Scientists Think Asteroid Dust Can Solve Global Warming

By Rudie Obias | Updated

global warming

Climate change and global warming is a worldwide problem. Reacting to this problem has been slower than some would like and has often involved either reducing carbon emissions or planting more trees to help absorb emissions.

Scientists in Scotland have proposed a radical solution to the Earth’s climate change and global warming problem. It involves using a large dust cloud to create shade around the Earth and filter out the Sun’s rays. While it sounds like the things sci-fi movies start with right before some global calamity, this one actually might have legs.

Researcher Russell Bewick, a space scientist at the University of Strathclyde in Scotland, suggested that this geoengineering project could be the best possible way to counteract climate change, reverse global warming and cool down the Earth.

Bewick also suggests this project would only provide a slight decrease in temperature, but it’s significant enough to matter in the long run. Bewick explains:

“A 1.7 percent reduction is very small and will hardly be noticeable on Earth,” said researcher Russell Bewick, a space scientist at the University of Strathclyde in Scotland. “People sometimes get the idea of giant screens blocking the entire sun. This is not the case … as [the device] is constantly between the sun and the Earth, it acts merely as a very light shade or filter.”

Bewick goes on to recommend the possible use of an asteroid to anchor a dust cloud in space to act like clouds on Earth to block or filter sunlight.

The process would be a less expensive geoengineering solution instead of building orbiting mirrors to shade the Earth. Although the image of a system of orbiting mirrors would look cool in space, it’s not as practical to combat global warming as the dust cloud. The dust would theoretically reduce the amount of solar radiation Earth receives by a small percentage, which could offset the effects of global warming.

The idea behind this process would be to guide an asteroid to the Lagrange point in space. This is the area where the Earth’s gravitational pull cancels out that of the Sun.

This point is about four times the distance between the Earth and the Moon. It would bring and create a dust cloud big enough to filter the Sun’s rays by an estimated 6.58 percent of the solar radiation heading towards Earth, and in the process cooling it.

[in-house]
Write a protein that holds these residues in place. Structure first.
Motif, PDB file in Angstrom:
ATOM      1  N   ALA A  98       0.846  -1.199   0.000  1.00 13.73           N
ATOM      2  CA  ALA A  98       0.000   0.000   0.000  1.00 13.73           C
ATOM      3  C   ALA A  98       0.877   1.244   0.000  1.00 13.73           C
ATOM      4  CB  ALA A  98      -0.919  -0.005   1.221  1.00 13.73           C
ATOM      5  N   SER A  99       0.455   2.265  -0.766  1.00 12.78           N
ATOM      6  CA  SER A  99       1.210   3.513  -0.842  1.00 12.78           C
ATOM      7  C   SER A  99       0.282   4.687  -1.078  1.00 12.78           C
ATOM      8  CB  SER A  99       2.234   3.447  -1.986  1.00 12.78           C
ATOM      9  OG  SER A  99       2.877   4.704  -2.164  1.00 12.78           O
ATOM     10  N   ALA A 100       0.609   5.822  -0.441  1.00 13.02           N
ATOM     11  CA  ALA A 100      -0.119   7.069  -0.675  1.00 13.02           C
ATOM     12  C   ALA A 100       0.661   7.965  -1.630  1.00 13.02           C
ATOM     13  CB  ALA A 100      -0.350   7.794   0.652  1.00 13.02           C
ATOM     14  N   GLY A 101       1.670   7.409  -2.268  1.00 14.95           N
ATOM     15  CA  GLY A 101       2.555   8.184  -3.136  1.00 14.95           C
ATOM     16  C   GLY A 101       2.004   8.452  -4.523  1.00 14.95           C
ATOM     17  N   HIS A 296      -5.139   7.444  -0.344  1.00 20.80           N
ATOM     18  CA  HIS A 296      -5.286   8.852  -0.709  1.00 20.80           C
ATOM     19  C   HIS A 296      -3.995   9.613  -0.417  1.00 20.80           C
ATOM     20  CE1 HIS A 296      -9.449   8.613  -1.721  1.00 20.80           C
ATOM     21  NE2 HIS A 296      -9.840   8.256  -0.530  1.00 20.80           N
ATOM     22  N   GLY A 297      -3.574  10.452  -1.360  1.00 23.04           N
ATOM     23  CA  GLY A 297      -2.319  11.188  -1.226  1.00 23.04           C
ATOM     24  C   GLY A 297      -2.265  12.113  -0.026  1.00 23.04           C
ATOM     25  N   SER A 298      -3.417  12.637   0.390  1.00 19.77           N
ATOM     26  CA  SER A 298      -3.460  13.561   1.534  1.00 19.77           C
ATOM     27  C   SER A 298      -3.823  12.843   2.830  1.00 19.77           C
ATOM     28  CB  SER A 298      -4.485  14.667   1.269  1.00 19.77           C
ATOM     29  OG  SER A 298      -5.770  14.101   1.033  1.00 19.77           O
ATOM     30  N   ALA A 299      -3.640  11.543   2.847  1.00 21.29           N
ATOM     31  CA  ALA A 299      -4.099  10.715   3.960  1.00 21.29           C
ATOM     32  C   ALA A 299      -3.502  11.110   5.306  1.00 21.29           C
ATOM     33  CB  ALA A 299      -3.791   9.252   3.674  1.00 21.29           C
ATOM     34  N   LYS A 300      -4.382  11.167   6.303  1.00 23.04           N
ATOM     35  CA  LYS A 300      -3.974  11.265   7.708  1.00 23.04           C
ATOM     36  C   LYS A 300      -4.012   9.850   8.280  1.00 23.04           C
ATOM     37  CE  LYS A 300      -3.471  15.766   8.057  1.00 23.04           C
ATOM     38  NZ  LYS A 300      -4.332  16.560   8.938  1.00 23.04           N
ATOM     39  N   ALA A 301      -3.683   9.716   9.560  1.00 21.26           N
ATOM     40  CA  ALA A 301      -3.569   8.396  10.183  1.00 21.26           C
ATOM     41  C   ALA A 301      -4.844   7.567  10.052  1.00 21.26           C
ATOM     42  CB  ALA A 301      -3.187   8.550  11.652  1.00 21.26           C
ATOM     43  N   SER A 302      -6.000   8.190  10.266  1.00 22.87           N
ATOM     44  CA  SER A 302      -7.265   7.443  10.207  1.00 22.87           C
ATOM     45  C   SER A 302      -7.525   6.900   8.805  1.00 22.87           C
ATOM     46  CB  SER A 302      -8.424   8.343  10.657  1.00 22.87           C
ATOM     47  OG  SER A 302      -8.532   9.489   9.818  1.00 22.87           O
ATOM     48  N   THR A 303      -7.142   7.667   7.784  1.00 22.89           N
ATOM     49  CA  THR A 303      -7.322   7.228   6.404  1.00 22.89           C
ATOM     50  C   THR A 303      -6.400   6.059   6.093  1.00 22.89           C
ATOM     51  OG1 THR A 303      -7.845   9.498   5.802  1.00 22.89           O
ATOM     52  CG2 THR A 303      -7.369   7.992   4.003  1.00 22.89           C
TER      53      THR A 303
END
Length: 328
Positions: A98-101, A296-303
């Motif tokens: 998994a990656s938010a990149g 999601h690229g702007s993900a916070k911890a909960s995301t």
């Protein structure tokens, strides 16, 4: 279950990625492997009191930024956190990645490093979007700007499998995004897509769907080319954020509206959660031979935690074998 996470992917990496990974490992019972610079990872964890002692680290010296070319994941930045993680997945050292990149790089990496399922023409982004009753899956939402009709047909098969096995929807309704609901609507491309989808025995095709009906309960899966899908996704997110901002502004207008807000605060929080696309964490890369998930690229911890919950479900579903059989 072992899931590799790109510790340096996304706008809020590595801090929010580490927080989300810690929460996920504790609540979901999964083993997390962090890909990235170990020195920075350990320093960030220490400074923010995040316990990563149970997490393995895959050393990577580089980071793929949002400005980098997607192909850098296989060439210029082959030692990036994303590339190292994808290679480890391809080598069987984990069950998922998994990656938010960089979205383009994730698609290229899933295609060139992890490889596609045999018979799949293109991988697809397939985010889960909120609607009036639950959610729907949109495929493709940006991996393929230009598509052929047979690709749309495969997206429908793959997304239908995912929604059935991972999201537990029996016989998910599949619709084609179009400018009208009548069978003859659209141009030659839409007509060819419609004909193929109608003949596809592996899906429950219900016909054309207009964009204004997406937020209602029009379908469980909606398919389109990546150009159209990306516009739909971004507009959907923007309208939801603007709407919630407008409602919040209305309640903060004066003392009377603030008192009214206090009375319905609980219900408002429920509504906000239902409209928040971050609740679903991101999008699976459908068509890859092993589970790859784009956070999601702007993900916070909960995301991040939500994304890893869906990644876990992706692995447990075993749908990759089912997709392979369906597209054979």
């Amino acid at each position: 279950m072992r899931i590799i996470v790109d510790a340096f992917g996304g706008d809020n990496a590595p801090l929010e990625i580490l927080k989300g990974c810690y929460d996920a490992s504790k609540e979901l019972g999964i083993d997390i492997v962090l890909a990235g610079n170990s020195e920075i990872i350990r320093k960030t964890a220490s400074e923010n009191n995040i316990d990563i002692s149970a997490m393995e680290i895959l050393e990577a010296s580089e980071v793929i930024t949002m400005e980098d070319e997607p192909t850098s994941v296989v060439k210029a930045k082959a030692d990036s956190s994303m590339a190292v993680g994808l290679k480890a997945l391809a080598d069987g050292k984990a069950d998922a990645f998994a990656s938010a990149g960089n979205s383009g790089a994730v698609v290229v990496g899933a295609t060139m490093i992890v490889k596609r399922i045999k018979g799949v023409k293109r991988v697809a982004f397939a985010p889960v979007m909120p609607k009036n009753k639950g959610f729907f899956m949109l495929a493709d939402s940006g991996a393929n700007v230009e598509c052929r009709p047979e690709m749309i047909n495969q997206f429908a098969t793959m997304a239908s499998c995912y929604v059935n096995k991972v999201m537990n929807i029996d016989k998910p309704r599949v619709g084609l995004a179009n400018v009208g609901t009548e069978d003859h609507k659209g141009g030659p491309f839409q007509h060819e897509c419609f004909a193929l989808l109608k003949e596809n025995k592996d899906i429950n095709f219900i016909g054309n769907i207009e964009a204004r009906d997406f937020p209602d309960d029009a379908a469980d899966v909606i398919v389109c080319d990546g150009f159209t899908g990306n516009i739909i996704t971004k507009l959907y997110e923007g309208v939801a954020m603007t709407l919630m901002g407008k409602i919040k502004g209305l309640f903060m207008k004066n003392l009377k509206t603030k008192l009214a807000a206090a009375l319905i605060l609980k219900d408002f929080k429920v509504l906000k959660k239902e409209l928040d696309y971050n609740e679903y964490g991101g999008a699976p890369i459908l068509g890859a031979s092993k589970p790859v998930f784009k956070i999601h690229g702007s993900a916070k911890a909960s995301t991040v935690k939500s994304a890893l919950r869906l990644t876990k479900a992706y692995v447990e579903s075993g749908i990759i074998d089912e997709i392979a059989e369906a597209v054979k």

But how do you guide an asteroid to the Lagrange point in the first place? Back to Bewick:

“The company Planetary Resources recently announced their intention to mine asteroids,” Bewick said. “The study that they base their plans on reckons that it will be possible to capture an asteroid with a mass of 500,000 kilograms (1.1 million lbs.) by 2025.

Comparing this to the mass of Ganymede makes the task of capturing it seem unfeasible, at least in everything except the very far term. However, smaller asteroids could be moved and clustered at the first Lagrange point.”

Bewick wants to emphasize that the dust cloud solution isn’t the only practical choice out there when it comes to global warming. He still stands behind the idea that we need to reduce carbon dioxide emissions from everyday human use.

This isn’t the only way to save the Earth and successfully cure our planet from global warming. We could also, for example, build a forest of artificial trees to absorb carbon emissions.

In all, as global warming becomes more of an issue year-over-year, getting “creative” and out of the box with potential solutions will become more and more important. Admittedly, asteroid dust isn’t the be-all, end-all solution. It would act as something of a stop gap. But in this realm, something might be better than nothing. Even if that something is grabbing an asteroid and making it get to work for us.

Subscribe for Science News
Get More Real But Weird

Science News

Expect a confirmation email if you Subscribe.